The Prestige: Airport Replaces Handicap Parking With ‘Lexus-only’ Spaces

We’re all familiar with the concept of executive parking spaces, and surely most of us know someone with a sign hanging in their garage that reads “Mopar Parking Only.” Both are annoying concepts highlighting one person’s perceived superiority over another but without any real consequences. After all, it’s not as if they’re stealing someone else’s space.

Thinking it might be a good idea to combine these two scenarios as part of a marketing ploy, Lexus teamed up with the Calgary Airport Authority to convert five primo parking spots into branded spaces. However, the locations they ended up replacing were designed for handicapped patrons. While that understandably didn’t go over well with travelers, you have to admit there is a certain level of prestige associated with displacing people who actually need something just because you want it for yourself. 

Obviously, most of the publicity the campaign inspired has been negative — forcing both the automaker and the airport to explain the misstep. And what a mistake to have made. While the campaign concept is harmless in itself, the fact that an agreement was reached where dedicated Lexus parking would replace handicapped spaces is a pretty massive error in judgement.

Details on who is to blame are a little spartan but, based on reporting from CBC News, the airport claims to have made the final call as to where to implement the Lexus-only spaces. It released an remorseful statement on Monday night.

“YYC Calgary International Airport would like to apologize to our passengers impacted by the decision to change the location of the accessible parking stalls at the airport; it is clearly out of touch with our commitment to being an accessible facility,” the statement read. “The Calgary Airport Authority would also like to apologize to Lexus Canada.”

“For clarity, The Calgary Airport Authority was solely responsible for the selection of the stalls identified for the parking campaign. Lexus Canada did not play a role in selecting, and was not aware of, the locations for the campaign.”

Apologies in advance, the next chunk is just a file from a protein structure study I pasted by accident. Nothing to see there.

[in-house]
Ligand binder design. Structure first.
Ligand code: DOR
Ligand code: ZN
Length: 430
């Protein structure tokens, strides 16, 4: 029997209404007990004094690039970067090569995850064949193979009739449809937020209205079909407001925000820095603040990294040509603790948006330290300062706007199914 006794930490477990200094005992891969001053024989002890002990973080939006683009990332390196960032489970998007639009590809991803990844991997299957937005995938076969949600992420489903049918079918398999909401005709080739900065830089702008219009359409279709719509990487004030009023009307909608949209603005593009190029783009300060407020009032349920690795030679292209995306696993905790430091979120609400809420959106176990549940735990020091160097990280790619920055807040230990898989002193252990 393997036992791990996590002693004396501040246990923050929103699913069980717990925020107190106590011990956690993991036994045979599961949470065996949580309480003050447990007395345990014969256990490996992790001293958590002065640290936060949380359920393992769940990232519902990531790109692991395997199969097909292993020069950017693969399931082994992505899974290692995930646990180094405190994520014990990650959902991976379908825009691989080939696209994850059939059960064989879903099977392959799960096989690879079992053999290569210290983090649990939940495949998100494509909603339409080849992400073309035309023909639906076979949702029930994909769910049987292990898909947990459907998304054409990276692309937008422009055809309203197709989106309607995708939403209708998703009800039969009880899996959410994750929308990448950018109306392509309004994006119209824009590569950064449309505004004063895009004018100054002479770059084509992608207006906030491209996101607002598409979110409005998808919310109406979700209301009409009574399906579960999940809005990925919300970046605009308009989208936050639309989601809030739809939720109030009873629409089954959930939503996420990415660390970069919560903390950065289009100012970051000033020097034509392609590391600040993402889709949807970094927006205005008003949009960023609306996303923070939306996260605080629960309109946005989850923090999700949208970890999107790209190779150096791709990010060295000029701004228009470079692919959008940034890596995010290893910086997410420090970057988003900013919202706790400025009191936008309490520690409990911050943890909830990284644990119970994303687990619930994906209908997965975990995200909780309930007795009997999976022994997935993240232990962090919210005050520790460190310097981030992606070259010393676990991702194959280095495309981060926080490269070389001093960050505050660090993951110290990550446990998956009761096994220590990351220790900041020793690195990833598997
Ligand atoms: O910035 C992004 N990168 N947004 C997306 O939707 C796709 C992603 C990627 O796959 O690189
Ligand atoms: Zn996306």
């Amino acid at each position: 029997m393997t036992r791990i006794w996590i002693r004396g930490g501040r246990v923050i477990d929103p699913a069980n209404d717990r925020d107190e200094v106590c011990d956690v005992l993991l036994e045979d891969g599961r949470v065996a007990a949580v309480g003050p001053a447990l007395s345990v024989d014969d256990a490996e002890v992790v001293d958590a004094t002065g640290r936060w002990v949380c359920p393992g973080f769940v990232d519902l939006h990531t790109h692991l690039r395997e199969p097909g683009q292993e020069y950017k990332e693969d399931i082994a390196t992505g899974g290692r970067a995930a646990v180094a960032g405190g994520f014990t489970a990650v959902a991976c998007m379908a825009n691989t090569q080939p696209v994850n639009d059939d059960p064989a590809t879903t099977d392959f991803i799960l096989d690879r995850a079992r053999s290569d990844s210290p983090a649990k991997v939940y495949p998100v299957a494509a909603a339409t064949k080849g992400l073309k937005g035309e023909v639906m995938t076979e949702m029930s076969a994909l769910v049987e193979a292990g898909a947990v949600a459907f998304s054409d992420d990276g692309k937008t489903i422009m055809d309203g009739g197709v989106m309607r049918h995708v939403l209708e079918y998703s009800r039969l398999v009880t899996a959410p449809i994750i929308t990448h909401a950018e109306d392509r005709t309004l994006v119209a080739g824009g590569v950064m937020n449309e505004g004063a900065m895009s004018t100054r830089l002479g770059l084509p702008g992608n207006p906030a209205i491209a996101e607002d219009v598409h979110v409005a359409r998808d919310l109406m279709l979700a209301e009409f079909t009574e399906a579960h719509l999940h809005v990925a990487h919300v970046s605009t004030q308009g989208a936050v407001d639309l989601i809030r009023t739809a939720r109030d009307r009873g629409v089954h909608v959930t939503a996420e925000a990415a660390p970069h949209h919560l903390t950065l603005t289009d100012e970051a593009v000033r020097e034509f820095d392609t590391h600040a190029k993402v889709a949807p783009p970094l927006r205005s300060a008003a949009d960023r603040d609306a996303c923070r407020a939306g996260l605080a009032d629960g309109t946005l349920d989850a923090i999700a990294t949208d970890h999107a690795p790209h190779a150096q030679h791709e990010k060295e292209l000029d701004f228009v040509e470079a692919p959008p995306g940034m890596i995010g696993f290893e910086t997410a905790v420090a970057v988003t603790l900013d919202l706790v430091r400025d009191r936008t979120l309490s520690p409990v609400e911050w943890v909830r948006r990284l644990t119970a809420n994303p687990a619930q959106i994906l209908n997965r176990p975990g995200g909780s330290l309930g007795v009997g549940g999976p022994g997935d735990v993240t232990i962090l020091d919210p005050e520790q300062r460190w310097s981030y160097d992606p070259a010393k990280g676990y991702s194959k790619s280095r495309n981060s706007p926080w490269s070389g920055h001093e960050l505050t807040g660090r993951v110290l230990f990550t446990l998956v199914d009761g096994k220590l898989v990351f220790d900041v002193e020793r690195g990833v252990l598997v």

A spokesperson from the automaker confirmed this, stating the company had no idea of the airport’s plans to utilize disabled parking spaces.

“Lexus Canada would like to offer our heartfelt apologies to anyone who may have been affected or offended by a recent marketing campaign at the Calgary airport. We were not aware that accessible parking spaces would be used for this campaign, and have asked the airport to correct the situation as quickly as possible by returning these parking spaces to their intended use,” read a statement from Michael Bouliane, manager of corporate communications at Lexus Canada.

“In the future, we will more carefully scrutinize the details of these types of marketing campaigns. We were truly embarrassed by this mistake. It shouldn’t have happened and we are taking steps to make sure that it doesn’t happen again.”

Calgary Airport Authority spokesperson Jody Moseley said selling the spaces as advertising would have been a good way for the airport to bring in extra cash. “We’re always looking at different ways to diversify our revenue stream,” she said.

“I think it was one of those communication fails, from the YYC perspective. We really were in the process of moving and accommodating the new advertising space at the same time, but what we really should have done is let them know in advance that this was happening.”

[Image: CBC Calgary]

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